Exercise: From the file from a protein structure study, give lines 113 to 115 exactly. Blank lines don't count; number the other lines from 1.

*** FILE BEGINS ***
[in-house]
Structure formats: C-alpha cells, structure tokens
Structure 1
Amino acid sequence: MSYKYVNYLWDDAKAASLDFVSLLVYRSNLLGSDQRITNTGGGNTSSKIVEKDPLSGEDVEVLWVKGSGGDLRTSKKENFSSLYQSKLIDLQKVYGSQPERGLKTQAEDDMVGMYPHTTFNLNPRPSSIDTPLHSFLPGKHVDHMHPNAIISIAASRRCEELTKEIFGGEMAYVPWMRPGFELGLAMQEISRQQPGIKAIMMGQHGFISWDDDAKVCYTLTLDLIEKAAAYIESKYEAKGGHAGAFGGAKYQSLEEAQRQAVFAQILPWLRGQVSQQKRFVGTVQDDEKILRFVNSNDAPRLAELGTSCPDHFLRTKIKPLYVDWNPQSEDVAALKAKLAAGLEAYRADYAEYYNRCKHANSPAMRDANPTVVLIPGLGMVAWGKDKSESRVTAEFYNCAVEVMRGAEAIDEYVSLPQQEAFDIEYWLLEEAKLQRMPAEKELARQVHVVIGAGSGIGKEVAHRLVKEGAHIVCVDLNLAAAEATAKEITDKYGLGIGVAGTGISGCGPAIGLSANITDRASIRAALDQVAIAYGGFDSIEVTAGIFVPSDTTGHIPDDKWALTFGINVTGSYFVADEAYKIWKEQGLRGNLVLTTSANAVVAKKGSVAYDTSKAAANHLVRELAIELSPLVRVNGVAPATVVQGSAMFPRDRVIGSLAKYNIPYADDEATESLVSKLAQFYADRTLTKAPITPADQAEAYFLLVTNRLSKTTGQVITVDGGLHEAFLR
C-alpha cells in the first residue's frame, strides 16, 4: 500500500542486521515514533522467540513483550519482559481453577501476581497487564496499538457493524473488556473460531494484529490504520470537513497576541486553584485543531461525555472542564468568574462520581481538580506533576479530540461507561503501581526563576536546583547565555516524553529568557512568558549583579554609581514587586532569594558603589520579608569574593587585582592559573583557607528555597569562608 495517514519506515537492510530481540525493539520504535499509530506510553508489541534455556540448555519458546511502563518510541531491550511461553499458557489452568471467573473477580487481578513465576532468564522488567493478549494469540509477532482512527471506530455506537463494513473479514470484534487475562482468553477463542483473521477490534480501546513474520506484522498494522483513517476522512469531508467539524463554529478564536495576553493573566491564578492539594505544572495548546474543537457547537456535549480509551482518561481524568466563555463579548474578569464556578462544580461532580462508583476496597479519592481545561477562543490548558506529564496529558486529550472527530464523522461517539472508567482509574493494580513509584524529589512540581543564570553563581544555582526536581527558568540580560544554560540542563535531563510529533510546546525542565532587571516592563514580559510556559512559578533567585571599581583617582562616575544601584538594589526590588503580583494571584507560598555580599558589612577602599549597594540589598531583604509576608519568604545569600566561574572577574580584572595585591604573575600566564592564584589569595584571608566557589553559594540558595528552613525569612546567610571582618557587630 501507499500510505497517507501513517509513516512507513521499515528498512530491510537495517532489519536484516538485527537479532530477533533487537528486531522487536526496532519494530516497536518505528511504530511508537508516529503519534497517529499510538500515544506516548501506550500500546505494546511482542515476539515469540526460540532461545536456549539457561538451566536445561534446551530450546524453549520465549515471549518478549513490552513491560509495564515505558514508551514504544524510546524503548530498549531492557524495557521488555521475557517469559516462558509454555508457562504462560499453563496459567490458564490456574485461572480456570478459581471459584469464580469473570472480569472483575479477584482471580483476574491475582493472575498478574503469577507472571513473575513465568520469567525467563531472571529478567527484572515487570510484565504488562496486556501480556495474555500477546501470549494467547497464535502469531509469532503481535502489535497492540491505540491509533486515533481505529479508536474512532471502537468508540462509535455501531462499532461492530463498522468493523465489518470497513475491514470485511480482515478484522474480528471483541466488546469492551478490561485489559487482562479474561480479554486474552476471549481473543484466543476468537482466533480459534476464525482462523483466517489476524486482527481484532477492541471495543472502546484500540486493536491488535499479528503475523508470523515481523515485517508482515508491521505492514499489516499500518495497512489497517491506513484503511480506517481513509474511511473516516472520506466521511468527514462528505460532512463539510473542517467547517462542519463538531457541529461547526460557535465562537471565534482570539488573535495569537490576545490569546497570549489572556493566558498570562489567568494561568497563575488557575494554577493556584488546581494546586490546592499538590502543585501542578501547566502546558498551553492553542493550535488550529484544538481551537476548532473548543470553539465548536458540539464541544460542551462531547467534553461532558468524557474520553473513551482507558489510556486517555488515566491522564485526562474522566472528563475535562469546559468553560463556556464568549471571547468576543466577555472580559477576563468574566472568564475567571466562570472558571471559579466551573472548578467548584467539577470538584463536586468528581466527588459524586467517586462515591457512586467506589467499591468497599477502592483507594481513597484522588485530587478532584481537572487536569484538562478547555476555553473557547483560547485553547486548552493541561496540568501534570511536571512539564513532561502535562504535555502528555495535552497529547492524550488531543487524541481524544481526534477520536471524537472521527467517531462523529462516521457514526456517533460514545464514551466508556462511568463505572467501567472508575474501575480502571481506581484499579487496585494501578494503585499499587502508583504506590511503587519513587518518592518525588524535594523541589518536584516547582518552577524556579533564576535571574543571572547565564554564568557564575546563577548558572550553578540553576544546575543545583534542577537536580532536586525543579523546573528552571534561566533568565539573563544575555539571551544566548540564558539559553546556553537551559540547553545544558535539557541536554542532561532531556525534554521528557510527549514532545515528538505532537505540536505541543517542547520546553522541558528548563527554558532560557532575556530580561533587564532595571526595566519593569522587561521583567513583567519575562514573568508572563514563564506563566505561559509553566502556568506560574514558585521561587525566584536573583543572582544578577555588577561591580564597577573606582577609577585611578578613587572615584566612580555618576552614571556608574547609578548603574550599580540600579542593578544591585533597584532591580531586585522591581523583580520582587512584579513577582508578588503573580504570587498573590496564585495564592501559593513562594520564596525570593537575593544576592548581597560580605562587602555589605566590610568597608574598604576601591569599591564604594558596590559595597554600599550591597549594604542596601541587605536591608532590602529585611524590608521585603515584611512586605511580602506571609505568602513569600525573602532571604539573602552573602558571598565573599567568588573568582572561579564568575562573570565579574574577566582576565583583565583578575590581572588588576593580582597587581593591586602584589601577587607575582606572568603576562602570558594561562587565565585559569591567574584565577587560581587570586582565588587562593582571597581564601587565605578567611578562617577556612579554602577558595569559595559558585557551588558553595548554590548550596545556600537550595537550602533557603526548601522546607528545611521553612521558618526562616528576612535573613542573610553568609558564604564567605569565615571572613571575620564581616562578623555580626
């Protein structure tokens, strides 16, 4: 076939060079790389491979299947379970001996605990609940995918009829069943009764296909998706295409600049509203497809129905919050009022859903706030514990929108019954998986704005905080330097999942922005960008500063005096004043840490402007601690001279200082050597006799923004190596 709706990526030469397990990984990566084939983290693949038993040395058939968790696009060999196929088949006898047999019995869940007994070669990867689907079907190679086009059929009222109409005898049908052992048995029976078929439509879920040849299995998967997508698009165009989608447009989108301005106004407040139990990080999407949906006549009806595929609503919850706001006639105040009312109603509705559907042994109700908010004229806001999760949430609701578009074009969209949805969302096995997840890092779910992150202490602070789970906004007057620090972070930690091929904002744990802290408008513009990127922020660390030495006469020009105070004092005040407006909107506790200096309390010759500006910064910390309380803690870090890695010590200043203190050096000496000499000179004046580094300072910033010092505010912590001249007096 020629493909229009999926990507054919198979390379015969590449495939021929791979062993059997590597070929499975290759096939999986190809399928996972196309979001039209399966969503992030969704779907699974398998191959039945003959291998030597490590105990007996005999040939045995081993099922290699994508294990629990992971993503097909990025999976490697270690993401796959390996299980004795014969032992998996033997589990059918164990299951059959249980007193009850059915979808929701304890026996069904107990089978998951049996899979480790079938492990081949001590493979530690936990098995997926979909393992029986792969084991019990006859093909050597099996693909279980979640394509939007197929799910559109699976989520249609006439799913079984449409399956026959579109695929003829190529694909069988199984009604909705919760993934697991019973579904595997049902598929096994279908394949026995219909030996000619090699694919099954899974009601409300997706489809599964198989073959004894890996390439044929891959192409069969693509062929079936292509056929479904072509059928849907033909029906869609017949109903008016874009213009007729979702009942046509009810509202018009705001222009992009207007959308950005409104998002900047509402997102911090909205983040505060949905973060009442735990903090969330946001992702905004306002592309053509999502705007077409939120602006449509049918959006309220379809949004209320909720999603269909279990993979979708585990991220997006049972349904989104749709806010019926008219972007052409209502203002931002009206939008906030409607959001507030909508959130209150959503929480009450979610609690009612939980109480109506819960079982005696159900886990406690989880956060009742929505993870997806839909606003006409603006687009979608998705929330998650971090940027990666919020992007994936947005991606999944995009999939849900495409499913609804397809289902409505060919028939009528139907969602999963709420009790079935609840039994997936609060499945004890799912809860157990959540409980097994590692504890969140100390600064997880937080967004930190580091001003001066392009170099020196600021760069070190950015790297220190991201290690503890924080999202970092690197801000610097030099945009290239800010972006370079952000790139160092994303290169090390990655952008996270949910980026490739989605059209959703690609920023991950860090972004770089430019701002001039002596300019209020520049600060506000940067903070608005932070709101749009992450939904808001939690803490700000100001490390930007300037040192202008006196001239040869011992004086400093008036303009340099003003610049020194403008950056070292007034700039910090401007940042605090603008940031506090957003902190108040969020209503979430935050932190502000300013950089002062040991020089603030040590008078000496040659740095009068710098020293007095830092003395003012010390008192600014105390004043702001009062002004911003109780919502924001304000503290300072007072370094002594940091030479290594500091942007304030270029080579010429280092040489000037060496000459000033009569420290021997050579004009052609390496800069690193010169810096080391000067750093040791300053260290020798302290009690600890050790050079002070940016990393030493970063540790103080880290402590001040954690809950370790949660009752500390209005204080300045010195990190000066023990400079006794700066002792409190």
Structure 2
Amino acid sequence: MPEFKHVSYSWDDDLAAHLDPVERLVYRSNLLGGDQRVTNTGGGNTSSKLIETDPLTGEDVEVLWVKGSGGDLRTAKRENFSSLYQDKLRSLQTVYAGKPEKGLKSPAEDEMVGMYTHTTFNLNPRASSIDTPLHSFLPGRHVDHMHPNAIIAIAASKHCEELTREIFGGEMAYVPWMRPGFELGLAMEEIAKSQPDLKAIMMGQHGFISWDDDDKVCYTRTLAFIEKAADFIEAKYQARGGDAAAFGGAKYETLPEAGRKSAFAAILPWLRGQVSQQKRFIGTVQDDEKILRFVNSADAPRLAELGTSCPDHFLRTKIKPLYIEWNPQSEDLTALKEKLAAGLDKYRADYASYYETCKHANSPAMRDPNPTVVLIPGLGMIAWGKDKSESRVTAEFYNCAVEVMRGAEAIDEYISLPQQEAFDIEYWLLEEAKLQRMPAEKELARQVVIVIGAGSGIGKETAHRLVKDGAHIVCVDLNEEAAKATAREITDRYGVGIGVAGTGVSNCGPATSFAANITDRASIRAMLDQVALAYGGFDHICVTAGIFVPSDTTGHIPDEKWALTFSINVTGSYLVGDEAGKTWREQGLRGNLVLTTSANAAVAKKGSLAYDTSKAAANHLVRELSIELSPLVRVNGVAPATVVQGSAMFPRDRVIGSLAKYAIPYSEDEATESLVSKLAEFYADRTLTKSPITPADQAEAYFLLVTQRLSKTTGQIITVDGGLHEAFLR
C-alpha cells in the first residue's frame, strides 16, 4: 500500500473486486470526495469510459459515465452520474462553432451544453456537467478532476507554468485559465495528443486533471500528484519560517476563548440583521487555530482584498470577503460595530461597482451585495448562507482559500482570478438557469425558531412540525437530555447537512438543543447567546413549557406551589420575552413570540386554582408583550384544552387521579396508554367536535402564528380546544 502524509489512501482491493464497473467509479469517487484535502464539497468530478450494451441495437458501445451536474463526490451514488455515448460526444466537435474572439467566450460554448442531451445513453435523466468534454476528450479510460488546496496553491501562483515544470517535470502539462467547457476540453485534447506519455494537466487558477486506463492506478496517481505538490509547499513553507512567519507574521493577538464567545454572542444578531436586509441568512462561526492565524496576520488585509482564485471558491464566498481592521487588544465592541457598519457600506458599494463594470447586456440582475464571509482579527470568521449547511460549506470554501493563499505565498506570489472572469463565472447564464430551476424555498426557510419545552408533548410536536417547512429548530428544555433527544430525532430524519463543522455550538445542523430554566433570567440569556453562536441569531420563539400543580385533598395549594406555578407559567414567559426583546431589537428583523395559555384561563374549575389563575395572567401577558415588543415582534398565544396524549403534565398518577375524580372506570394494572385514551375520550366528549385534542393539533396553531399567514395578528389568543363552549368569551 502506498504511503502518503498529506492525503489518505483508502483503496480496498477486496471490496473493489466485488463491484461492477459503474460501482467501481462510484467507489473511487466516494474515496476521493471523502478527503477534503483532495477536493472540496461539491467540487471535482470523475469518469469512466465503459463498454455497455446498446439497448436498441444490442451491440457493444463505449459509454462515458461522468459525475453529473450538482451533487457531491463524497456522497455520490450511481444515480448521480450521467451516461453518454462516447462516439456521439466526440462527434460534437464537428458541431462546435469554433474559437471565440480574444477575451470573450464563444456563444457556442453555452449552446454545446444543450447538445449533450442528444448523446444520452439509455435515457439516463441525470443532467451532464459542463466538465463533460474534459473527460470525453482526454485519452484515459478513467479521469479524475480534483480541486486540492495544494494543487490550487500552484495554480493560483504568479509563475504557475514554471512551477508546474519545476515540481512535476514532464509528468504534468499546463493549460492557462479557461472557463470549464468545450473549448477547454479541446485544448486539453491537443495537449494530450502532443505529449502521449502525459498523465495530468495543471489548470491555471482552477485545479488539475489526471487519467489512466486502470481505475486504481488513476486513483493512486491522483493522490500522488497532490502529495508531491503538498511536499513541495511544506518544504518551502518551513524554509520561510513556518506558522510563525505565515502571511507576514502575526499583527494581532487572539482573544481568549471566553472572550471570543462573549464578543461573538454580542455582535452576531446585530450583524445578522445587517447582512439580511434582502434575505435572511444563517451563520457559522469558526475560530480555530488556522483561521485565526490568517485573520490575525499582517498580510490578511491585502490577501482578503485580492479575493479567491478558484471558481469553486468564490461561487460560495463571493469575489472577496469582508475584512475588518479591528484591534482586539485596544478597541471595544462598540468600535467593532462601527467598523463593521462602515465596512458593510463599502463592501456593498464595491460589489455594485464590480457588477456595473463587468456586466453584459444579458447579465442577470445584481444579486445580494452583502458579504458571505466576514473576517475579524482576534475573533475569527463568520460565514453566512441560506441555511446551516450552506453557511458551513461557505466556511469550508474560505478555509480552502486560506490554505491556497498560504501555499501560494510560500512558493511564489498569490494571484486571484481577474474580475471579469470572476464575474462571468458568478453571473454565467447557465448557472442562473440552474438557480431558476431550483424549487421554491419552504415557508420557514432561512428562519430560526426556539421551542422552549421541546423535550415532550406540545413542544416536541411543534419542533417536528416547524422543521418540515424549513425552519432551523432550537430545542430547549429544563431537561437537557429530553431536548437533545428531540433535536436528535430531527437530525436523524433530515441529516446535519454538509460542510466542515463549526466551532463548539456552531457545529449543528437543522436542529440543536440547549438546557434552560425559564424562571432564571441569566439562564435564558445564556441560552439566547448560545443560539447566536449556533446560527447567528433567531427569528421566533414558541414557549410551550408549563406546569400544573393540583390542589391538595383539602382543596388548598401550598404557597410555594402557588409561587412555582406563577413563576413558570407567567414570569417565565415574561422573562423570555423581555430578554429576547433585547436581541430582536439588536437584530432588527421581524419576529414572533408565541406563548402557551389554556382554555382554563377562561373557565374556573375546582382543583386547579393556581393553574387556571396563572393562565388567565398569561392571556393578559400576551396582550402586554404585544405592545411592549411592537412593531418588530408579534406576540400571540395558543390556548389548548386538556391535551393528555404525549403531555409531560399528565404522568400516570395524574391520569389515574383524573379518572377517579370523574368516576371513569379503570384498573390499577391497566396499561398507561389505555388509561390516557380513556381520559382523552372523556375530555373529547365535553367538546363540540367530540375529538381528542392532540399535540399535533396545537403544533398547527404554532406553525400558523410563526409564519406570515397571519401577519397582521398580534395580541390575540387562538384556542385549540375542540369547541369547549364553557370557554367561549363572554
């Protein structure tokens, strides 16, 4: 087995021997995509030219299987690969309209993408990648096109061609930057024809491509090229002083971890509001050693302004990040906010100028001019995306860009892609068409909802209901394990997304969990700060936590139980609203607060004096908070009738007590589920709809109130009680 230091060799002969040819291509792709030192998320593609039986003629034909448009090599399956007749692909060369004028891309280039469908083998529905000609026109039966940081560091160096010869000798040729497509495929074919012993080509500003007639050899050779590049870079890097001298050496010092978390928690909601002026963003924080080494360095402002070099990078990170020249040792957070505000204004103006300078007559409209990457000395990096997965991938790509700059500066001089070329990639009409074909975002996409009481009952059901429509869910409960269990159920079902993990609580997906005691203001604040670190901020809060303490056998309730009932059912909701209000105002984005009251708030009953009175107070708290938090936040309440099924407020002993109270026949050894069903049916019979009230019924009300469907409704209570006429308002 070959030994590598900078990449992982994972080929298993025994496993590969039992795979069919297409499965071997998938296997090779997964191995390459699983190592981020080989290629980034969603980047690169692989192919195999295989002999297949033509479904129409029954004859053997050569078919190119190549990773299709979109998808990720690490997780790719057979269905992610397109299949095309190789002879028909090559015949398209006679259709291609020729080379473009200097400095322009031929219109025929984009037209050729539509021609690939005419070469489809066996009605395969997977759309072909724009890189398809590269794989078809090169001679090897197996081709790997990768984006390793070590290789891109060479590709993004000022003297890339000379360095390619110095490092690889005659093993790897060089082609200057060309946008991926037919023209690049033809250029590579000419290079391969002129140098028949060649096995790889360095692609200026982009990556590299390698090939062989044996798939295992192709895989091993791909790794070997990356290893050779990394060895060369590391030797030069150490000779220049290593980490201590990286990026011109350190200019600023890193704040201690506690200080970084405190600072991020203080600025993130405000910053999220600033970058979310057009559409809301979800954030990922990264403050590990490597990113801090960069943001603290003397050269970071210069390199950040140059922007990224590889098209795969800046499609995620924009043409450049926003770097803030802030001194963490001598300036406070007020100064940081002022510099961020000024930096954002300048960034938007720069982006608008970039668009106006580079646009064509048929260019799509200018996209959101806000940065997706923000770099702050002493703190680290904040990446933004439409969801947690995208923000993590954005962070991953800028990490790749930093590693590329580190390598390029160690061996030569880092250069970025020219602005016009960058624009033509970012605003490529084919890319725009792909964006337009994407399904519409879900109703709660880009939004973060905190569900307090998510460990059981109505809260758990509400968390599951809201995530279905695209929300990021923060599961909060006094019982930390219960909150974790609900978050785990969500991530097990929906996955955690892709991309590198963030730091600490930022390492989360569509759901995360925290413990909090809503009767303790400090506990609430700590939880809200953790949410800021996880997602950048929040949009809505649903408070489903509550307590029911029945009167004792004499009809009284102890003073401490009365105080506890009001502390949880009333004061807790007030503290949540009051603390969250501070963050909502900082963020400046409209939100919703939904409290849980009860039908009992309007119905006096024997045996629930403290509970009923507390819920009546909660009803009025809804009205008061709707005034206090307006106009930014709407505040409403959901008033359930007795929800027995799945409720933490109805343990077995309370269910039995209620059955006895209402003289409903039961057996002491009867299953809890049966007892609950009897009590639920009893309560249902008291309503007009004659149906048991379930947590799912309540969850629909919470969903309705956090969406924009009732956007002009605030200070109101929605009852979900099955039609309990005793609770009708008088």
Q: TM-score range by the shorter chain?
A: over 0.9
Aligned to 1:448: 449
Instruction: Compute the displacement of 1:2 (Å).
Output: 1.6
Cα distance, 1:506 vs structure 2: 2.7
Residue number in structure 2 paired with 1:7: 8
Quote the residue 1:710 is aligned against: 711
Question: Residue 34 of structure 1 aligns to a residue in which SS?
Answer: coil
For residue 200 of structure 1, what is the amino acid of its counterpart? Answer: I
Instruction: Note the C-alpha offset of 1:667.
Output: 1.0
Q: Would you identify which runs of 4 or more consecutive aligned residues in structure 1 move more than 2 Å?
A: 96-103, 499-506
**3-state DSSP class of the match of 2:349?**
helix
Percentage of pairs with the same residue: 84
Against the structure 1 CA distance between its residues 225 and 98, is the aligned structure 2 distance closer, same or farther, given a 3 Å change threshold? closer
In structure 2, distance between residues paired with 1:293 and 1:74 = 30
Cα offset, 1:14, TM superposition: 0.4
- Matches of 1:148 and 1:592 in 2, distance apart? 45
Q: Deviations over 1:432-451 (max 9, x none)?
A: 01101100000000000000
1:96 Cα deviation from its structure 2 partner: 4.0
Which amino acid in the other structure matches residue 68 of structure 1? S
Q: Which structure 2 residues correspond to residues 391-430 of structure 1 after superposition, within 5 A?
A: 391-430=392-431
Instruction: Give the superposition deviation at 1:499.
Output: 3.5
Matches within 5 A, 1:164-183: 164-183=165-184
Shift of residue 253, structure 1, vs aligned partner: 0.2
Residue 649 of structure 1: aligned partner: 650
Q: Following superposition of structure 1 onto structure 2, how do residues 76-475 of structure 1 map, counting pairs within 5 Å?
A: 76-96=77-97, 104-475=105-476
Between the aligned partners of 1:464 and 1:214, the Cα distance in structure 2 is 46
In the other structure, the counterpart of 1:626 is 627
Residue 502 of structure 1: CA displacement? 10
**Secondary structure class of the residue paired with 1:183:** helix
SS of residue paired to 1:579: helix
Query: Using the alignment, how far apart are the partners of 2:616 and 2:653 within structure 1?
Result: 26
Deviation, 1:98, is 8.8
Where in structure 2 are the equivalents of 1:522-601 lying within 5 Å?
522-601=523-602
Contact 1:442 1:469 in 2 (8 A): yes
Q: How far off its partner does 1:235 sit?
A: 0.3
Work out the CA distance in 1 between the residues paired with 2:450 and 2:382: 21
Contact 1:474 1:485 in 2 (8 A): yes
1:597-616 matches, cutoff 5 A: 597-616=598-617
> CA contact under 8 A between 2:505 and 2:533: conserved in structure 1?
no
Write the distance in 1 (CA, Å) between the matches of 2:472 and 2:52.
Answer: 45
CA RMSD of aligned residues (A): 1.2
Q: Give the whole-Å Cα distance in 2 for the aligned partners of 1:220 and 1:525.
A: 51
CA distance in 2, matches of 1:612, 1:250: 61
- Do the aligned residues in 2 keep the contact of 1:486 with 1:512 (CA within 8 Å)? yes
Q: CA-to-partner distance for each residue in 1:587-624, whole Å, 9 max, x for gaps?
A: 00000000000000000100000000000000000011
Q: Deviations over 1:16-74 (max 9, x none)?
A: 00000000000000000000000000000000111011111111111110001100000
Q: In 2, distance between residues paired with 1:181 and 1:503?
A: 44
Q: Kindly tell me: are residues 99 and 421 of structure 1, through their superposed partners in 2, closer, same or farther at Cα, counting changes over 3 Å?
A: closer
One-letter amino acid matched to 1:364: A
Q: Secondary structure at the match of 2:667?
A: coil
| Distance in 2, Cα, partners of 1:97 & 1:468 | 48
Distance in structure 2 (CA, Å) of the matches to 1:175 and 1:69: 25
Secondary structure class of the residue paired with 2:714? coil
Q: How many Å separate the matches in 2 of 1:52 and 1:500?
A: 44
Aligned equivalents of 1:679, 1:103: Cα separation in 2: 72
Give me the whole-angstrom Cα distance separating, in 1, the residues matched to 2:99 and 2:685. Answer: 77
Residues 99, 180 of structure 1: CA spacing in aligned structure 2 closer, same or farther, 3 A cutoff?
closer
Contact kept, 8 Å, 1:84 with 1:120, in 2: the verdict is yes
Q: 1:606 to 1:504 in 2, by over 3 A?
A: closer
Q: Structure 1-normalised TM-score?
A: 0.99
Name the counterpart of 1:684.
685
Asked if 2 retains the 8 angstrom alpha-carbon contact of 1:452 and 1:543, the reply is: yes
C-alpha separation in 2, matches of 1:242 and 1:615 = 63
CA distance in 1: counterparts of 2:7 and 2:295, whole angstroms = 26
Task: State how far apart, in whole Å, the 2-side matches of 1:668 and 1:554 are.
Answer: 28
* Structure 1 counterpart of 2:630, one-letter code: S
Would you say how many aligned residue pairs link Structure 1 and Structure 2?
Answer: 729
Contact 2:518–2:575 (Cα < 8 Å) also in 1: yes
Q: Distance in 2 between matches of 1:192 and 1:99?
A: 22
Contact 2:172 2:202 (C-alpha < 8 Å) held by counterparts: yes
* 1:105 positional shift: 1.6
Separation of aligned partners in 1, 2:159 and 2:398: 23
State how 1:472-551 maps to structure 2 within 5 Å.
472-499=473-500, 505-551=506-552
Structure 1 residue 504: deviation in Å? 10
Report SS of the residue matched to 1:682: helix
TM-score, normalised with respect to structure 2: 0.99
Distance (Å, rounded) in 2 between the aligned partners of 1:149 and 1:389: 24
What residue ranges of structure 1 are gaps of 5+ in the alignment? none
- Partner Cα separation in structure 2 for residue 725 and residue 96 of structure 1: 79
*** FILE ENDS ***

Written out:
472-499=473-500, 505-551=506-552
Structure 1 residue 504: deviation in Å? 10
Report SS of the residue matched to 1:682: helix